And yes, the six parallel chips had to be programmed in another board and then plugged into sockets.  The 32U4, being SMT, had its own ISP header.

 

S.

 

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I made a board two years ago with a 20x4 LCD display, eight 7-seg and 24 leds, an atmega32 to command the LCD and the 24 leds and an 328 to command the eight 7segs. This two avr are connected in the same I2C bus and reaceive commands from a third uC outside the board. The third uC can be any project that I'm working, usually a uC on a breadboard.

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clawson wrote:

It is almost always a worse design to try and make multiple small micros interact to make a combined solution than to pick one micro capable of doing everything. If you split it you have issues with making them all communicate, ensuring they remain synchronised and passing code updates between all of them. A single micro has no such issues. The one time you might use a couple of micros is when you have one "big one" (perhaps a Cortex application (A) processor perhaps?) and then the need to "mop up" some I/O expansion and some simple ports like SPI, I2C, etc. which might warrant a dedicated slave simply to add to what the app processor lacks. 

 

One exception, I would argue, is modular design. For example I have several display drivers (from 2x16LCD to QVGA TFT) that can be incorporated in the main chip (if it has enough I/O & resources) or can happily bumble along in a second processor, lightening the load. The more advanced of these can run keyboard other I/O on behalf of the main processor. (OK, I confess I was totally inspired by the BBC Micro's Tube interface).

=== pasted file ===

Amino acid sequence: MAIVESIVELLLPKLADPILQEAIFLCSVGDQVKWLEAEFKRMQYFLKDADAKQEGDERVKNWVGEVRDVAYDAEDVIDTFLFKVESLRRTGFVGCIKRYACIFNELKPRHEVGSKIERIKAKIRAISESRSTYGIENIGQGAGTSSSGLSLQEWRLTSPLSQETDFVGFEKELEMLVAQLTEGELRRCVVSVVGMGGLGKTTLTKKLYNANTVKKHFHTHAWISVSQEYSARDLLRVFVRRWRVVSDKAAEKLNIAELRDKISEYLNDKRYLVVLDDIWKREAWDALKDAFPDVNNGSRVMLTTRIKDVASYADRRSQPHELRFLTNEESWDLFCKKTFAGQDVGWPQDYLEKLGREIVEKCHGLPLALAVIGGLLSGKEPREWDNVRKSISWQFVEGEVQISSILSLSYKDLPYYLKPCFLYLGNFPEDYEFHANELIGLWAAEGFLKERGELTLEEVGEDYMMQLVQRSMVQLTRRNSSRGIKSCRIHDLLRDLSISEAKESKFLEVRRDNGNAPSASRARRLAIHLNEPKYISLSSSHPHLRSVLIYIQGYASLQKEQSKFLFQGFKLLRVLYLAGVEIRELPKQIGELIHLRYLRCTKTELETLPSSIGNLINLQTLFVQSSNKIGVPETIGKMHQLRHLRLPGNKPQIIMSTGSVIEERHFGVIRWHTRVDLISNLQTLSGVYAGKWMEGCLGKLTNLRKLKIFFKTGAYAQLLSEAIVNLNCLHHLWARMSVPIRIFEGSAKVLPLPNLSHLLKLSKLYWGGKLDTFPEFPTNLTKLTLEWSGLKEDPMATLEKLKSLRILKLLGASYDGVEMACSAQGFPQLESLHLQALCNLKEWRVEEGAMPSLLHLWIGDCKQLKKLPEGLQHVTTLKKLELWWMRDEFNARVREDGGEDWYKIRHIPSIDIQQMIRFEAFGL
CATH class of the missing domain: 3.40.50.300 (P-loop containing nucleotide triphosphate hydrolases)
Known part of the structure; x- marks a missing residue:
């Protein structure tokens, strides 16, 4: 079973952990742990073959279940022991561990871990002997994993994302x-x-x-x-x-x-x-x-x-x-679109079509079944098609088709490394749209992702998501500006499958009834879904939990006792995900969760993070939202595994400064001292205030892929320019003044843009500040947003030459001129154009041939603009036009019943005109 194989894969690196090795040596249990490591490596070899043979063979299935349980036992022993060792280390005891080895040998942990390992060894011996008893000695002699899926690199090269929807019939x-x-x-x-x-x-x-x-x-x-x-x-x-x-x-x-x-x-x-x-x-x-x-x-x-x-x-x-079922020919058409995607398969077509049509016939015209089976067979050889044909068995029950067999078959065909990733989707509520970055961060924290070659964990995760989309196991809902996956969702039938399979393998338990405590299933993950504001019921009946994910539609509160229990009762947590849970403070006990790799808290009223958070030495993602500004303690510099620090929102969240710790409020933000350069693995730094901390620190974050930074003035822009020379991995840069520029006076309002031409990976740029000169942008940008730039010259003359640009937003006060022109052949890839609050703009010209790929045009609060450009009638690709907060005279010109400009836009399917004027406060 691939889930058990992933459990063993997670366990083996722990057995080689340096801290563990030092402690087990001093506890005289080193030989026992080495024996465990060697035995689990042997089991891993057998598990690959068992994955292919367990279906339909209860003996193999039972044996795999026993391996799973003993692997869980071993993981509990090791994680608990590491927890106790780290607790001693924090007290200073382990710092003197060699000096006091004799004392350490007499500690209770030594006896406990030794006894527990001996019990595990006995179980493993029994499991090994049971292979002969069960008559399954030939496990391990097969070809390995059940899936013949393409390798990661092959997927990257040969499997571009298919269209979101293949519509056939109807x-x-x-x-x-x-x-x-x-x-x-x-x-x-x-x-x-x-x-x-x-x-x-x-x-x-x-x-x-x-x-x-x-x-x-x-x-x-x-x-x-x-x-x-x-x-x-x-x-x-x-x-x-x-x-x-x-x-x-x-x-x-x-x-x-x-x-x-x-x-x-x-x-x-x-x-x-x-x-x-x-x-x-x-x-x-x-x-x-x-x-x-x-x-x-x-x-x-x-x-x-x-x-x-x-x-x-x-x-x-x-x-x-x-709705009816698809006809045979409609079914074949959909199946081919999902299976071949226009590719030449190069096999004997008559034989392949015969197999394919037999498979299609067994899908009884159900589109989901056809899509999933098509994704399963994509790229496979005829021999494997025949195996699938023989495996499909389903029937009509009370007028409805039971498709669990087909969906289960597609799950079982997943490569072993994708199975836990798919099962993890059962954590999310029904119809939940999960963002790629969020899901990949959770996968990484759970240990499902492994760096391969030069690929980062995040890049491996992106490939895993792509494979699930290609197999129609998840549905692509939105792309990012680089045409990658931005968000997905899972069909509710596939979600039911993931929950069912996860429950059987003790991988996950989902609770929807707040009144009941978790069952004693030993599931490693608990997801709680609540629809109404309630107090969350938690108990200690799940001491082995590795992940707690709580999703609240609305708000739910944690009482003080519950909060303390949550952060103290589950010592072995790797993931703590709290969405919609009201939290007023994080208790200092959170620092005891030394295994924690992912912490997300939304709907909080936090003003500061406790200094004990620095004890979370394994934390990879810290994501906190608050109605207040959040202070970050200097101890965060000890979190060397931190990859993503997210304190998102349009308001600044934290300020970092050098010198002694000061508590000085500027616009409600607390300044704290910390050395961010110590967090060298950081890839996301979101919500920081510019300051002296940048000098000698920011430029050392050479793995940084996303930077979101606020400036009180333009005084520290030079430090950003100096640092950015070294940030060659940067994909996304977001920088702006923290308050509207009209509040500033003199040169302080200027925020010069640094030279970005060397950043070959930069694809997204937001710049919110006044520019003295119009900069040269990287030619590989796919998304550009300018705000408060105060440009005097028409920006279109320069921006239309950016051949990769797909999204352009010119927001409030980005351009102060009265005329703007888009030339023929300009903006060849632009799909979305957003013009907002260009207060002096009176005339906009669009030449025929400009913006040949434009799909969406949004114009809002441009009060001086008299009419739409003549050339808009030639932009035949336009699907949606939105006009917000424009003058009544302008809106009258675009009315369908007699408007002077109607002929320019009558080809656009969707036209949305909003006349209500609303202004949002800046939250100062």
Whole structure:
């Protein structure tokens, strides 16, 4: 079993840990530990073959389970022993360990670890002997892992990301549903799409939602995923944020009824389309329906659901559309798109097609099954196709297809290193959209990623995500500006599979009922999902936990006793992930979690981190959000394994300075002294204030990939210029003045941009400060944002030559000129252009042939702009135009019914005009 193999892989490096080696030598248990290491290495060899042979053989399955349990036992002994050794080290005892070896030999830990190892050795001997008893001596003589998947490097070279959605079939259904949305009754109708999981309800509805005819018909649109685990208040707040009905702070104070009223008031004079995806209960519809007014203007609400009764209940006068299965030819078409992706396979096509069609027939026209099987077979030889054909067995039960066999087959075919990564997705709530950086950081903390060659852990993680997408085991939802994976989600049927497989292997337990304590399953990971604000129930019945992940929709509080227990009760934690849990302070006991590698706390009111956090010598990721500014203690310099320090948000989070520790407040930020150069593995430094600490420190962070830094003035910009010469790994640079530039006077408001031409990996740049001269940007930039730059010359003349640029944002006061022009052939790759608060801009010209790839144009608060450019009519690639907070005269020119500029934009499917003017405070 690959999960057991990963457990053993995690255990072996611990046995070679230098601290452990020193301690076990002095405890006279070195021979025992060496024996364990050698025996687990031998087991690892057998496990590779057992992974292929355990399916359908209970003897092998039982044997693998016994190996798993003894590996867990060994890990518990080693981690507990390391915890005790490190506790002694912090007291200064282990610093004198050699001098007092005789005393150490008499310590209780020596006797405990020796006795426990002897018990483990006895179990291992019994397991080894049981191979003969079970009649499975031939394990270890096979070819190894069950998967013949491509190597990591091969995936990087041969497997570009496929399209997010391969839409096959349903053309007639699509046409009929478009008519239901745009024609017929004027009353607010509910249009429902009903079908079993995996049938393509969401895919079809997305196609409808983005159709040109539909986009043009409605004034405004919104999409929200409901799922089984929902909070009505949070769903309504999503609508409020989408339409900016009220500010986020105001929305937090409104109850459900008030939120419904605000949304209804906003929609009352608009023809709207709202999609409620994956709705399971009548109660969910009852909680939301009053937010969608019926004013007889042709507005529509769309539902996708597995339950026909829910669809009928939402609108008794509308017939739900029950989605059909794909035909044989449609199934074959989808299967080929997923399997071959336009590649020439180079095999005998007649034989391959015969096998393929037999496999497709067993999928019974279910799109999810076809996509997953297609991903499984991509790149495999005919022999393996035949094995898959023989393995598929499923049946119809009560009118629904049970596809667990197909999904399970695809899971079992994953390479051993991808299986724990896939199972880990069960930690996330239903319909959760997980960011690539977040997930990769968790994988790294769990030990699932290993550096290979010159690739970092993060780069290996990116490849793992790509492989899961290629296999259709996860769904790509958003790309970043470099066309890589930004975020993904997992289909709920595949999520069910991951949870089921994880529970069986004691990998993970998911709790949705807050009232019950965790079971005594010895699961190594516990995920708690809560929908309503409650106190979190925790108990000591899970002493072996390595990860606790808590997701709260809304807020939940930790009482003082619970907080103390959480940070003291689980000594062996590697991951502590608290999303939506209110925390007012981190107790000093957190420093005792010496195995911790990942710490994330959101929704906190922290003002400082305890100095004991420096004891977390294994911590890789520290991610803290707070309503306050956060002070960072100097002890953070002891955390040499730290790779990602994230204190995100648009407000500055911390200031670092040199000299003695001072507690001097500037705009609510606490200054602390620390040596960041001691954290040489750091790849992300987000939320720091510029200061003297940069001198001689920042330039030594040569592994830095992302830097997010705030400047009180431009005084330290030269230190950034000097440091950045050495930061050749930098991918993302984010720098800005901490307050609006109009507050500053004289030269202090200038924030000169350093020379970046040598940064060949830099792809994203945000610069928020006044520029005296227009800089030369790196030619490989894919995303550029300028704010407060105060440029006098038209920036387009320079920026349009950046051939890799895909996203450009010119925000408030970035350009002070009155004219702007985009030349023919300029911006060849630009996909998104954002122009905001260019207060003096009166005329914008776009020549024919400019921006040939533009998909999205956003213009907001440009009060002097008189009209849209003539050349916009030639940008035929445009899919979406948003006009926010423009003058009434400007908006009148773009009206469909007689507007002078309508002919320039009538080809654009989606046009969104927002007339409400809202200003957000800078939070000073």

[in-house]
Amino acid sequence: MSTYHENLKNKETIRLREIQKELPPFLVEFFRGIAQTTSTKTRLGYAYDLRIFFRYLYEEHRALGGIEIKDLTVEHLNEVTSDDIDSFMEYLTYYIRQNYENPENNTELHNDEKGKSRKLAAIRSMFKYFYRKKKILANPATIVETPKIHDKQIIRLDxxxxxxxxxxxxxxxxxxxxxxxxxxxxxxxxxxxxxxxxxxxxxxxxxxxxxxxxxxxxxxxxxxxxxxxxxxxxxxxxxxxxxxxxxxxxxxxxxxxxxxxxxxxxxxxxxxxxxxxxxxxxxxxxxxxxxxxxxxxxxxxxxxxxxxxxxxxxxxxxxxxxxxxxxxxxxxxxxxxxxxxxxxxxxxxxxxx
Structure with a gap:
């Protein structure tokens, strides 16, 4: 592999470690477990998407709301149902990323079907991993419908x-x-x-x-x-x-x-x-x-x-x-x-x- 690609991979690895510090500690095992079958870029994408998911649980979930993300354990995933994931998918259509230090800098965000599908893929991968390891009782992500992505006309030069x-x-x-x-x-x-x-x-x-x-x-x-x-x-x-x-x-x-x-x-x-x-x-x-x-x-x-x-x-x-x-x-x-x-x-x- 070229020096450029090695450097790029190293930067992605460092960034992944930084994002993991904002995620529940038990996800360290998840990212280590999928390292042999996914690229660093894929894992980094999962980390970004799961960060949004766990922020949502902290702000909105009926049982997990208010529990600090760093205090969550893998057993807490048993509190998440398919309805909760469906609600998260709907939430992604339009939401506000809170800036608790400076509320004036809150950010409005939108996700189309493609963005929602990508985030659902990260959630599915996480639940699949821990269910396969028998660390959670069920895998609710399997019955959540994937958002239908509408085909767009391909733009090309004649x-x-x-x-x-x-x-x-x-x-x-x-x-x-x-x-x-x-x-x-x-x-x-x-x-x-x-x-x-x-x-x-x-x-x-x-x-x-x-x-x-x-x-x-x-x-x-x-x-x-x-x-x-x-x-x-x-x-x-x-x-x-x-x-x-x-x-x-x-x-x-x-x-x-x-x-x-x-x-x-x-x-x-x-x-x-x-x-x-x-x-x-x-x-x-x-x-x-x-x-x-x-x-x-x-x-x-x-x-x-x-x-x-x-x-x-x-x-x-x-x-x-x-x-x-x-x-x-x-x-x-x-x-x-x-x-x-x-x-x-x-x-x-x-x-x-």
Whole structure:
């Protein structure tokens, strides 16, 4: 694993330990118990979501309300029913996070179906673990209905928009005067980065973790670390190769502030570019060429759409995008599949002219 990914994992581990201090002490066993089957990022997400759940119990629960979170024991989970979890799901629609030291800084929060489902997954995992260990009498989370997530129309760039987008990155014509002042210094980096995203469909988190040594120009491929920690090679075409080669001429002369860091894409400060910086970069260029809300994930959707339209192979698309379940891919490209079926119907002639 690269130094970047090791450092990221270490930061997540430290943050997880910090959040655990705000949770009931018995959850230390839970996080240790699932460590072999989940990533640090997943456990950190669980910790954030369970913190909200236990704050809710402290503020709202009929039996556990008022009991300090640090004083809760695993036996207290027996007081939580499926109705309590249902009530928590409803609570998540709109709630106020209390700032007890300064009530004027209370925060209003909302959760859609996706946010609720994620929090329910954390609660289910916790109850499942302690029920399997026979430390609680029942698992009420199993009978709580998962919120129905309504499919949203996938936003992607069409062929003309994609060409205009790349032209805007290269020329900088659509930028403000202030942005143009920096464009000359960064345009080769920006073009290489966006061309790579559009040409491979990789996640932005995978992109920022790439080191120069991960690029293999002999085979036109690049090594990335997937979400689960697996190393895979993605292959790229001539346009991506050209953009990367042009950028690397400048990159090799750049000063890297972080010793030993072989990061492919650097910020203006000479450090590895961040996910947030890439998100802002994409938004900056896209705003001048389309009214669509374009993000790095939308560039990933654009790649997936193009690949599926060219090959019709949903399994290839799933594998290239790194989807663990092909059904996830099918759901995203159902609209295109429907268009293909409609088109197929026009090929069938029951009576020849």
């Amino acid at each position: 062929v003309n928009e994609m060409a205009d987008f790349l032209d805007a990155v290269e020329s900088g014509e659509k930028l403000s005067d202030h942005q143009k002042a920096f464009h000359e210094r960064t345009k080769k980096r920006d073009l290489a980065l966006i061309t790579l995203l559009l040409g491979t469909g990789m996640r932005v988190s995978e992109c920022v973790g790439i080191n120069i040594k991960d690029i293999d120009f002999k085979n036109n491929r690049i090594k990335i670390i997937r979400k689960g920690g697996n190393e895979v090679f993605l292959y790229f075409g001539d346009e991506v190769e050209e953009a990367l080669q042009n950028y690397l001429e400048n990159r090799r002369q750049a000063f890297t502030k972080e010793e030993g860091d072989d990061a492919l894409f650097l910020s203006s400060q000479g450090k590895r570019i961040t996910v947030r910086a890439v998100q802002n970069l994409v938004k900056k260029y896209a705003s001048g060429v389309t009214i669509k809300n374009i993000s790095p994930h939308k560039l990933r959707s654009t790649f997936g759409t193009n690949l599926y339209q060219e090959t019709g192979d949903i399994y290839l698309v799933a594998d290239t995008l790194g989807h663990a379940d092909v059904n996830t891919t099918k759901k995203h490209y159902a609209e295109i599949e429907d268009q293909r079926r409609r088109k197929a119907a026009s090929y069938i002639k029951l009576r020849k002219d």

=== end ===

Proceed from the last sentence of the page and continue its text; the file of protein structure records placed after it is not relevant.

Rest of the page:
It's me again...

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clawson wrote:

What would be a step up from Atmega328? 

Well that sort of depends what your requirements are? Do you need 4 UART? Or 7 SPI? Or 50 I/O? Or what? 

 

The limitation I have is with IO yet afraid I would need to move to a NON DIP device

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Scroungre wrote:

I'm still fairly proud of a board I made some years ago with seven AVRs on board, six of them (tiny2313s) in parallel for speed (the board was fundamentally six channels.  The 7th was a 32U4 that summarized the results and dumped them out via USB).

 

The interface between the chips was an eight-bit wide parallel bus, with 'read' and 'ready' and 'chip select' signals.  The really clever part entailed TOGGLING the control lines because that could be done in one instruction, while pushing them low (or high) and waiting for an ACK took many many cycles.  Furthermore, the fast six could delay result reporting if they became busy while it was happening.

 

And yes, the six parallel chips had to be programmed in another board and then plugged into sockets.  The 32U4, being SMT, had its own ISP header.

 

S.

 

 

These are so scalable, I like it.

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Stub_Mandrel wrote:
BBC Micro's Tube interface

 

Cool! I sense a new AVR freak in the making ;)

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I am contemplating a modular data logger. The modular part is I/O with pluggable serial, wireless (in various formats), MicroSD card, and more. I am seriously considering a micro ON the module that would handle the "stack" and interfacing to the main MCU so that that MCU would only have a single I/O protocol for these devices that have various interface needs. This would allow a single program in the main MCU and a device-specific (often a Tiny, I hope) MCU to service the I/O channel. This would allow the user to field-swap I/O and not have to do hardly anything more than the mechanical change.

 

Carefully implemented, a modular system like this can be very powerful. Insufficient care can turn it into a nightmare. So, it is not "free" and it is not for the faint-of-heart nor is it for the implementer who does not have lots of time.